Having been abandoned by his biological father, Rudy also derives benefits from this new bond. "It gives Rudy the confidence that he never had. He didn't have a man in his life. His father split when he was two, and he has never had that kind of guidance or appreciation from an older guy," says Ruffalo. "He has a mother, of course, but not having a father makes him insecure. Rudy and Terry become close friends, and Rudy learns how to be man and stand up for himself."

The relationship between the two males Sammy loves most in life does not flower without causing some family friction. Sammy does not always approve of Terry's decisions. While overjoyed with their friendship, she is put in a tough position when she learns that Terry entertains Rudy by dragging him to a pool hall one night. Linney says, "When Terry comes back into her life, he repeatedly points out to her that she treats her eight-year-old son like a child. Sammy's view is that he is a child. Terry challenges her motherhood, which is the one thing she has always felt proud of and assumed is her greatest accomplishment. This creates a big struggle. She starts to doubt herself, and she also fights with Terry about it."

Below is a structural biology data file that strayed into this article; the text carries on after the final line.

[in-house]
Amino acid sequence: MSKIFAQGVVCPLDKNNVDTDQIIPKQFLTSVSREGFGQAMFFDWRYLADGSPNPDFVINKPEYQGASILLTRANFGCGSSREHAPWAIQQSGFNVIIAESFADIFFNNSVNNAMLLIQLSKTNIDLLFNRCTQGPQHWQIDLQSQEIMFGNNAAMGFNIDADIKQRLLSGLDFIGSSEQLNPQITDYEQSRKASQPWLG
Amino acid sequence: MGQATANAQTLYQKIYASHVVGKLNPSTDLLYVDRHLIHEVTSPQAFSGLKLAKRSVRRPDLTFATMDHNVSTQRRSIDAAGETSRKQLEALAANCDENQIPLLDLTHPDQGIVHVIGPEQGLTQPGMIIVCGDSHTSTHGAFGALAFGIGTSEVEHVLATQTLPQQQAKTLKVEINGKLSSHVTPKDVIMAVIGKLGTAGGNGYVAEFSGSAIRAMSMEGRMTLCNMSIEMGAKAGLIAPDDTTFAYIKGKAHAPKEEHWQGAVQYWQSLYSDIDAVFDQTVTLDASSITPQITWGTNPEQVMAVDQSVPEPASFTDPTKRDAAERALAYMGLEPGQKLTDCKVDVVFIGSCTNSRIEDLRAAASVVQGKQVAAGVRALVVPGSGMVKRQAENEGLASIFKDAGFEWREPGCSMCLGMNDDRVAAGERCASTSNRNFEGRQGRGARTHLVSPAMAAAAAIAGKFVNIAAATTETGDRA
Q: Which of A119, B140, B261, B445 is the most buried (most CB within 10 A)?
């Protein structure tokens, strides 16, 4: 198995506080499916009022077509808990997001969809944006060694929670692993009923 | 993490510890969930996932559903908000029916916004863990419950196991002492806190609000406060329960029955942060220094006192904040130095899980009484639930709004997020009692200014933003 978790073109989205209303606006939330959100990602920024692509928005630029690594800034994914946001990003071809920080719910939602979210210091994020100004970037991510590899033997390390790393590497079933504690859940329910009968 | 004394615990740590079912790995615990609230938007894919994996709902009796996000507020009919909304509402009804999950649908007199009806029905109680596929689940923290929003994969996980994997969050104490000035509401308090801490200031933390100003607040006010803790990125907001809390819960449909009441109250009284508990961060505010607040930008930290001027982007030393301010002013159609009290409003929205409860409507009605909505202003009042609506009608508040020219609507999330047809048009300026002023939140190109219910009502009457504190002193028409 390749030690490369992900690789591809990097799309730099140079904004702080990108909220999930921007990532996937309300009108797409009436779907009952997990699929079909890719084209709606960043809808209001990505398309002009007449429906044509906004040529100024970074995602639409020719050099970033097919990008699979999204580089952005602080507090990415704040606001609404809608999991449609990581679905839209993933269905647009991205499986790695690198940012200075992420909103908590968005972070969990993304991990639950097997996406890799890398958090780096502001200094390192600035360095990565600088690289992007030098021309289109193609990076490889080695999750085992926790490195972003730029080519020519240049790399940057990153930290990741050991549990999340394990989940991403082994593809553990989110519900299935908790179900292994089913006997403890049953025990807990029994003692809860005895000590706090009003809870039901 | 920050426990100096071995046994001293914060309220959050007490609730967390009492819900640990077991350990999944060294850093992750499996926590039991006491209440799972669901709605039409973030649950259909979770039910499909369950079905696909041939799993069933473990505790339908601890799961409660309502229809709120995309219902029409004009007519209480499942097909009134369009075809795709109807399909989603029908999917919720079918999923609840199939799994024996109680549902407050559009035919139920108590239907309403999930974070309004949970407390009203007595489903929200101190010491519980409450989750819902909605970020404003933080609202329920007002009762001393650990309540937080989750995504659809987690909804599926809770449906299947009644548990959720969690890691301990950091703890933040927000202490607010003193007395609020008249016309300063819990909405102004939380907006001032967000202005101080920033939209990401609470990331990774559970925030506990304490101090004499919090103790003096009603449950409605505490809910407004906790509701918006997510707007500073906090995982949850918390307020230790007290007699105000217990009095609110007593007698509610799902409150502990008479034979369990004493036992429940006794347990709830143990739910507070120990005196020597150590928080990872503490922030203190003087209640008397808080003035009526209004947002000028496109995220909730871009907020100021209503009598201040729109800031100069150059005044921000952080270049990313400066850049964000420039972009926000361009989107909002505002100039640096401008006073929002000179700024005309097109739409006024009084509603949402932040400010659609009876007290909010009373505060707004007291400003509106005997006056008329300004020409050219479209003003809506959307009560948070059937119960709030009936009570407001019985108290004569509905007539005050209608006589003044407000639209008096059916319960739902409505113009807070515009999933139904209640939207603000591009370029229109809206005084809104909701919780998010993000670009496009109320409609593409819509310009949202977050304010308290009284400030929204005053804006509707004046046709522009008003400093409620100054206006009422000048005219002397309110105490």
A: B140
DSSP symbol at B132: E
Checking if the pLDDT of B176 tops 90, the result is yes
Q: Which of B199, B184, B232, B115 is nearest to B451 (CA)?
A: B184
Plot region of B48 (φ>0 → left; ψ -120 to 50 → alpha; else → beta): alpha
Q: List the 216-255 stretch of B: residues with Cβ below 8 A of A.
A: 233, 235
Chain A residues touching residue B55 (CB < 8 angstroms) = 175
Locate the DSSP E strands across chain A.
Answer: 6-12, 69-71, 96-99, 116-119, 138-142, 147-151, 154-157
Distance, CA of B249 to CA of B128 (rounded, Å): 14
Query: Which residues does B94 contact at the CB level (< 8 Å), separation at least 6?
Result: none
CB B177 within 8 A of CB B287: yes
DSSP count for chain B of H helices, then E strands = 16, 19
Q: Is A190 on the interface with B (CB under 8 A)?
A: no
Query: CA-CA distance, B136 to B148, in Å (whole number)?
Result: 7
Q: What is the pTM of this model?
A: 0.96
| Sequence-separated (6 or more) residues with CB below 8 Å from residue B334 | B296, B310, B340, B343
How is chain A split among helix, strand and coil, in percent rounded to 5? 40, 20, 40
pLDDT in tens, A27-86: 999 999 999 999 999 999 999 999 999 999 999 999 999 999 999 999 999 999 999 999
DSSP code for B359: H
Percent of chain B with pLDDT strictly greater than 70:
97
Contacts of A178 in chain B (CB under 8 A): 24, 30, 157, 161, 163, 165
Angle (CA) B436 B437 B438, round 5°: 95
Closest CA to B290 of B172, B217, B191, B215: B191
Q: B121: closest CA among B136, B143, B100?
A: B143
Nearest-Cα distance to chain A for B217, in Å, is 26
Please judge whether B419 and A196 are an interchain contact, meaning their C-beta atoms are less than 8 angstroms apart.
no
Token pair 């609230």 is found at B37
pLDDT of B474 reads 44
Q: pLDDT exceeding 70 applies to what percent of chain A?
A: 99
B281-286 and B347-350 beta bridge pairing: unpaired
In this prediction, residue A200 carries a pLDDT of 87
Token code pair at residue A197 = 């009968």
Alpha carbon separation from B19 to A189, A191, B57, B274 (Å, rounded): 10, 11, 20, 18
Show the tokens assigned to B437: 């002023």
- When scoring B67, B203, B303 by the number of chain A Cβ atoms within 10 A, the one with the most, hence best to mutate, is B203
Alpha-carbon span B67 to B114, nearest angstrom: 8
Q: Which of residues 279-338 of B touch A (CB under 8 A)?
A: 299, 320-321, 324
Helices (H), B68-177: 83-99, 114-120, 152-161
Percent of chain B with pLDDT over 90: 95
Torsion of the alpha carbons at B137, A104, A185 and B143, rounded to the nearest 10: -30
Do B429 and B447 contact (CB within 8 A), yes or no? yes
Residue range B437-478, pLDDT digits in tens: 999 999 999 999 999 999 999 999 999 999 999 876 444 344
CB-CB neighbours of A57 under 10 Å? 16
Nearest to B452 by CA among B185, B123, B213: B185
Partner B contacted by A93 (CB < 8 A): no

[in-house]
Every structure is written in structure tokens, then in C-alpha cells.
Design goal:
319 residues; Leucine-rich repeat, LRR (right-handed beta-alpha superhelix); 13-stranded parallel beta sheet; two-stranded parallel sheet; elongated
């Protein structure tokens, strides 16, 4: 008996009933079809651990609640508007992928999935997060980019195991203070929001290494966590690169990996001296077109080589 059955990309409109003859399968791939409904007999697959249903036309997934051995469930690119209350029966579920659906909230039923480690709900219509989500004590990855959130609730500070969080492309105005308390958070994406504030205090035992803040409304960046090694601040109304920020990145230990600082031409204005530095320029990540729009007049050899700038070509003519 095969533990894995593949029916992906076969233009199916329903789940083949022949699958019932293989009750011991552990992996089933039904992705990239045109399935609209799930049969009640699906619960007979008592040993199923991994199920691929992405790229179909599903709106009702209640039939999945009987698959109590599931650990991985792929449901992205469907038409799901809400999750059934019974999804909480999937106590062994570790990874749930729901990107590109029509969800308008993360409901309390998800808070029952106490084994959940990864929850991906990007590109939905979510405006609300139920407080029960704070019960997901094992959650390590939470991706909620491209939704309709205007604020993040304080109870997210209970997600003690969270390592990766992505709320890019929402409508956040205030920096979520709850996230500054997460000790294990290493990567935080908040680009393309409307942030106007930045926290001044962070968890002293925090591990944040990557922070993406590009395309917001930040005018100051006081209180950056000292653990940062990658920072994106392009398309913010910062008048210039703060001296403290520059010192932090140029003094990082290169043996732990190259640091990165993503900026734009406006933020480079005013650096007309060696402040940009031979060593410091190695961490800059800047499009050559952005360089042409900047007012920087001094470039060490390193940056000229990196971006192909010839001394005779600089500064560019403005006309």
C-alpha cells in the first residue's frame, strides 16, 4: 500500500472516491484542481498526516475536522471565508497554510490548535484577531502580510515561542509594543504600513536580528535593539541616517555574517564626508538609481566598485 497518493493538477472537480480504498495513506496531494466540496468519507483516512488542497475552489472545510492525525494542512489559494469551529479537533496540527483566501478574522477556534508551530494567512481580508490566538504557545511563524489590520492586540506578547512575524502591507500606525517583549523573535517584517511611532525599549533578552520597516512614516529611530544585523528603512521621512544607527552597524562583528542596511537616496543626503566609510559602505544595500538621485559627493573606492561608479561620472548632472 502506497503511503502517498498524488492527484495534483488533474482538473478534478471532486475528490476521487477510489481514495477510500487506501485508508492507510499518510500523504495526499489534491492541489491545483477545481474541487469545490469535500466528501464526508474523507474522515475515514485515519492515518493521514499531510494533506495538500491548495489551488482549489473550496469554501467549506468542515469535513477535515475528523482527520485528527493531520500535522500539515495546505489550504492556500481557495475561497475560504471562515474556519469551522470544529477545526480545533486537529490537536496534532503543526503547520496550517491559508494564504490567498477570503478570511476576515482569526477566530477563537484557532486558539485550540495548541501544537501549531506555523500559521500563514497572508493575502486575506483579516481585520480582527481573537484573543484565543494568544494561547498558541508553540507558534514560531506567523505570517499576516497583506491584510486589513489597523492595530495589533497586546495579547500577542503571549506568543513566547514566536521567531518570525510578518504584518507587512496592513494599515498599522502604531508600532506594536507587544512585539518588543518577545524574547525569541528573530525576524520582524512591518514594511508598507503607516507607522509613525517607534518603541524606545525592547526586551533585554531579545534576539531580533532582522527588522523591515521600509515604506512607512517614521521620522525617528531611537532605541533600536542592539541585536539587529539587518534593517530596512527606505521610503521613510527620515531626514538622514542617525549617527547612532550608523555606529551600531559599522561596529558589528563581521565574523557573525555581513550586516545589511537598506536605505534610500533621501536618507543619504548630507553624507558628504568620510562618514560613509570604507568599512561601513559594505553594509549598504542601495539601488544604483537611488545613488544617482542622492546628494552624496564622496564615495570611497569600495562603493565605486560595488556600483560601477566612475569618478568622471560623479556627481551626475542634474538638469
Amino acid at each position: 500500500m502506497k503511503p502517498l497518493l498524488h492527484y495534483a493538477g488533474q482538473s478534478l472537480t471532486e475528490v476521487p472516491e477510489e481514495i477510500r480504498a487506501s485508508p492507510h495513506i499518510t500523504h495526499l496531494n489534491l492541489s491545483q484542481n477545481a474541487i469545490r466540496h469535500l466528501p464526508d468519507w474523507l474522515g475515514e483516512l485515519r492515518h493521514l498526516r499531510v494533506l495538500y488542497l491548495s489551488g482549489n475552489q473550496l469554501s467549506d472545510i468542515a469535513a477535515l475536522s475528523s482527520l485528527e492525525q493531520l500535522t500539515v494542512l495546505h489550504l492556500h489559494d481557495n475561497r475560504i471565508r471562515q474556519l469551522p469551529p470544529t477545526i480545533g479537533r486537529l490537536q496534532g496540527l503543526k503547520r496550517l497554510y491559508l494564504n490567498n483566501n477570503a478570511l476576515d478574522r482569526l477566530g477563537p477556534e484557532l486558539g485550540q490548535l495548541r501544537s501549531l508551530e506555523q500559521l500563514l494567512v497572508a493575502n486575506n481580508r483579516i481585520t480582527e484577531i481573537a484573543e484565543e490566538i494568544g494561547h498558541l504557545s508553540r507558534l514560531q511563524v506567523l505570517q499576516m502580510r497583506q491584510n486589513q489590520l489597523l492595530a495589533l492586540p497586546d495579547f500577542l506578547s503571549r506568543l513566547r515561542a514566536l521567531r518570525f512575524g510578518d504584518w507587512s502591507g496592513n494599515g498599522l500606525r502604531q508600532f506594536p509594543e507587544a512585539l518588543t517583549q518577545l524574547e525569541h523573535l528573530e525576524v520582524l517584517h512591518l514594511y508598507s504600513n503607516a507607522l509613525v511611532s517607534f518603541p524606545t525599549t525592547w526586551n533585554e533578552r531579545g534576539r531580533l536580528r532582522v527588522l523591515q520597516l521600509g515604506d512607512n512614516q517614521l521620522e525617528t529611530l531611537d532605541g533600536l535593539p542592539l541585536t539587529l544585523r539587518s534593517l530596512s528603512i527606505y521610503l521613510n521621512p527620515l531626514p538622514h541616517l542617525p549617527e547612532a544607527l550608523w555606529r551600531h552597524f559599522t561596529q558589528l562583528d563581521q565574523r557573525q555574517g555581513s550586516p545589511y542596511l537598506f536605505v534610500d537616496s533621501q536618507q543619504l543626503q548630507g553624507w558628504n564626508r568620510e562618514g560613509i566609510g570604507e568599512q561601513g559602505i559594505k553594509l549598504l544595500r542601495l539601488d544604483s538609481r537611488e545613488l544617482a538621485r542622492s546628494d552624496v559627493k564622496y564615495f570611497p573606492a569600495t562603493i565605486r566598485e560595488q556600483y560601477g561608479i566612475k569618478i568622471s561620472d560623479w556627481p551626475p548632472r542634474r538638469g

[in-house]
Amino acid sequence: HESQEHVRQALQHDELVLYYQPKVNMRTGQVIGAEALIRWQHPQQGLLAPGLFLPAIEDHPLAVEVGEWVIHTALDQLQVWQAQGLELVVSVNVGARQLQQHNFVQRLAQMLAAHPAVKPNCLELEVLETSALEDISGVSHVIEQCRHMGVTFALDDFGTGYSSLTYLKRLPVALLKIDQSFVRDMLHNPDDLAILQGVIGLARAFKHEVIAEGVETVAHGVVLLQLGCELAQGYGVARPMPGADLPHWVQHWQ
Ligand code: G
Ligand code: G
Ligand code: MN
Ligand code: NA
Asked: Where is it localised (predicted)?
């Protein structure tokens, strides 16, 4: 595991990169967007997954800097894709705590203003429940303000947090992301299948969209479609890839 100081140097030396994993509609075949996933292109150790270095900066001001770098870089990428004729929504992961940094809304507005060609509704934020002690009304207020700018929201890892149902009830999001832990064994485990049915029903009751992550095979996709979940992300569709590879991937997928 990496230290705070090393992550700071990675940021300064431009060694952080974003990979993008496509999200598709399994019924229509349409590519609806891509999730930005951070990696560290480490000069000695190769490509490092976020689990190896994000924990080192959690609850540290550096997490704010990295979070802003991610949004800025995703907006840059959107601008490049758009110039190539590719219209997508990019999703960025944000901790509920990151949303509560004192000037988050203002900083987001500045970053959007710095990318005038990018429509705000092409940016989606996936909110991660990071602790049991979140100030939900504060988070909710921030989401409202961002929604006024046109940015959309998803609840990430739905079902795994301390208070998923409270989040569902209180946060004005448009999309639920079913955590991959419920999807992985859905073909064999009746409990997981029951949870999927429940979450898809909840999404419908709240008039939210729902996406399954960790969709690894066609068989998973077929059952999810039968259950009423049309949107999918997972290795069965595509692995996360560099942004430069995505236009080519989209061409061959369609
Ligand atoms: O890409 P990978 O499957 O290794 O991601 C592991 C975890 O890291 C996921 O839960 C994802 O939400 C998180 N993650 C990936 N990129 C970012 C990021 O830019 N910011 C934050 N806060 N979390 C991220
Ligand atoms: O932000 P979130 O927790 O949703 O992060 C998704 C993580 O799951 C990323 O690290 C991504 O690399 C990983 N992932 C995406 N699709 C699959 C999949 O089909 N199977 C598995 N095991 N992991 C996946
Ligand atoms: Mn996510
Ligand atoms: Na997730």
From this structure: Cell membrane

While Terry takes care of Rudy, Sammy, relishing her new independence, goes a little wild with her married boss, Brian. This presents another new conflict in Sammy's well-ordered life. Religion is extremely important to Sammy, and she again is forced to struggle with faith amid the confusions and temptations of modern life.

"Religion is the one constant in her life," says Linney. "It brings her a great sense of security and a wonderful connection to the community. It helps her to have faith that everything is going as it should, that nothing happens without a reason."

Principal photography on You Can Count on Me (2000)
took place among the lush, green Catskill Mountains, about a two and a half hour drive north of Manhattan. The locations were the houses, bars and restaurants in and around the town of Phoenicia, NY.

Shooting in the mountains when the city was plagued by a heat wave was a plus for the cast and crew. "It was almost like making a movie at summer camp," says Larry Meistrich. "I think the sense of being outside of an urban area was refreshing."

The small town of Scottsville was a character in the movie in its own right in the movie. Lonergan specifically chose to set the film in a small town rather than an urban area due to the two-sided nature of living in a small town. "I think the problems of living in a city are not the problems of this movie. The way the characters relate to the town is really important. It is very beautiful and peaceful living in a small town, but it also means fewer choices and possibilities. So you are stuck with two alternative: staying or leaving. Sammy, Terry and all the other characters are dealing with a limited set of choices. It never occurred to me that it could be set in a big city," he says.